9. You’ll want a virtual assistant in your home, since they finally work. When Apple introduced Siri in 2011, people were very excited to integrate a virtual assistant into their everyday lives. Only problem? She kind of sucks. But Amazon’s Alexa, Google Assistant and Microsoft’s Cortana have truly raised the bar — both in terms of functionality and convenience — and devices that support both have seen strong sales this year. If you don’t have one yet, you will soon.

10. We’ll waste less food. New technologies are making it much easier to preserve fresh foods, while creative chefs like Dan Barber (picture above) are figuring out ways to incorporate animal and vegetable parts we used to throw away into dishes. Meanwhile, some governments — most notably France — are starting to punish grocers for waste. Expect that trend to grow.

11. Your reality will be augmented. The biggest legacy of Pokemon Go — a smartphone game that completely absorbed our national consciousness for a few weeks last year — will be that it introduced so many of us to augmented reality: a world in which devices seamlessly interact with the world around us to enhance our experiences. Expect that technology to positively blow up in 2017, as companies from fashion to gaming to fitness begin to adopt its usage.

12. Stores become playgrounds. Last year, our hometown — New York — welcomed a number of retail flagships with an interesting caveat: nothing is on sale. Chief among them was Samsung 837, an experiential playground where customers can sample new and forthcoming products without taking one home. Since pretty much everything we consume can be bought online and it’s cheaper to stock those things in a warehouse in Kansas than a stockroom in Manhattan, this will become the reality for many of your favorite brands.

13. There will be a war against the freedom of the press. When Gawker went bankrupt last year in the wake of a $115 million legal loss to Hulk Hogan (of whom they had earlier published a home sex tape without consent), a dangerous precedent was established: the jury had essentially decided that, in a post-print environment, the titans of media can no longer be trusted to decide what is newsworthy. With an incoming president-elect who has asserted he wants to limit the freedom of the press, a war over the First Amendment may loom.

14. Your favorite extinct vehicles will come back to life. The two forthcoming car releases we're most excited about? The reborn Ford Bronco and Jeep Wagoneer. Expect more of such announcements this year, as storied marques try to cash in on the value of nostalgia.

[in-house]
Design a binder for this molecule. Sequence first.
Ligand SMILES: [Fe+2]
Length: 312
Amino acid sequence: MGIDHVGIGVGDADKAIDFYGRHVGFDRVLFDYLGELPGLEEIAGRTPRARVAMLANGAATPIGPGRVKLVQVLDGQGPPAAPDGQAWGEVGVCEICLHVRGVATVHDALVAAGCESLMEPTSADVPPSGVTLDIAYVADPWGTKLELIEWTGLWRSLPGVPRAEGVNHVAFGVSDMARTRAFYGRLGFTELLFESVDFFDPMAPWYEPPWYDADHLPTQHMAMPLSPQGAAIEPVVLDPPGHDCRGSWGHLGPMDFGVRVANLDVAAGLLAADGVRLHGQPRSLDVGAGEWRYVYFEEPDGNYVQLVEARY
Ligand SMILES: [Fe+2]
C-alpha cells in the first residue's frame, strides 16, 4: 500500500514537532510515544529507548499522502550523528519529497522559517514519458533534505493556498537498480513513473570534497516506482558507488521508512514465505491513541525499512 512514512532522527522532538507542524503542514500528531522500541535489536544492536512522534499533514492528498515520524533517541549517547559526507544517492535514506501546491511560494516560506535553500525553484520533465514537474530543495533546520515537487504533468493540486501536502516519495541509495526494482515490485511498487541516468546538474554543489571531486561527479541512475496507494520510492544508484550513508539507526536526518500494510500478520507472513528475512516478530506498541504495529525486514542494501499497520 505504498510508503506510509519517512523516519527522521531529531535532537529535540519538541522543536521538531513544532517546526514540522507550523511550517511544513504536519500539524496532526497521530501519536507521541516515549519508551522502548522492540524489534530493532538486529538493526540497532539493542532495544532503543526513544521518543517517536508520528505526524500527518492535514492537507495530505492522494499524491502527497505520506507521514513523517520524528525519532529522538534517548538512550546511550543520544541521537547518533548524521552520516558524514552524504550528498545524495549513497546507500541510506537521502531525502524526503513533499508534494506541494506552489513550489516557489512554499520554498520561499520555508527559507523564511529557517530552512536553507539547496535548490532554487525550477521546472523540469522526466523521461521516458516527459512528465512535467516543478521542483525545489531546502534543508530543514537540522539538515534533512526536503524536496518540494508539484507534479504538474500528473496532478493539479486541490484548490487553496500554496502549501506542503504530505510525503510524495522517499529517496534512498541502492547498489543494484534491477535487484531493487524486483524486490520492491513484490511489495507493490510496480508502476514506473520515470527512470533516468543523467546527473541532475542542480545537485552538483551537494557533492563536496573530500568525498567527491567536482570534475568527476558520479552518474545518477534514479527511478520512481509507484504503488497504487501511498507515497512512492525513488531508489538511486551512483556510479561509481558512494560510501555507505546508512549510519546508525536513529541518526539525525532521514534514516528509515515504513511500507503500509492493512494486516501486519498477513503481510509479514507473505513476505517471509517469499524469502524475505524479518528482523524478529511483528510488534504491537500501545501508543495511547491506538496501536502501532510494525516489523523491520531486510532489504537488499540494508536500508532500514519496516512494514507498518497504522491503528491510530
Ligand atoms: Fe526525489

15. Solar panels will be everywhere. Solar power is finally cheaper than fossil fuels, and even wind. SolarCity founder Elon Musk has asserted that his company’s roofs will be cheaper than traditional ones once when they become available. You don’t have to wait, though — here’s a guide to going solar in the here and now.

16. The NBA inches closer to the NFL’s throne. On Christmas Day, the Warriors-Cavs game overlapped with the Steelers-Ravens game for 45 minutes. Astonishingly, for those 45 minutes, the NBA won. NFL ratings are actually down across the board this year, with a ton of different factors contributing. The future of the sport — which has suffered tons of bad press in recent years because it’s, well, super f*cking dangerous to play — is nebulous, and the NBA, booming thanks to savvy marketing efforts and a stable of superstars in their prime, is ready to usurp it.

17. Beautiful women, creating their own content. Once upon a time, a supermodel was only as popular as magazines and ad campaigns decided to make her. But with Instagram, Snapchat and other visual social media channels, supermodels have more autonomy over their image than never before — and they’re producing steamy, high-quality content in abundance to prove it.

Additional reporting by Diane Rommel and Michael Nolledo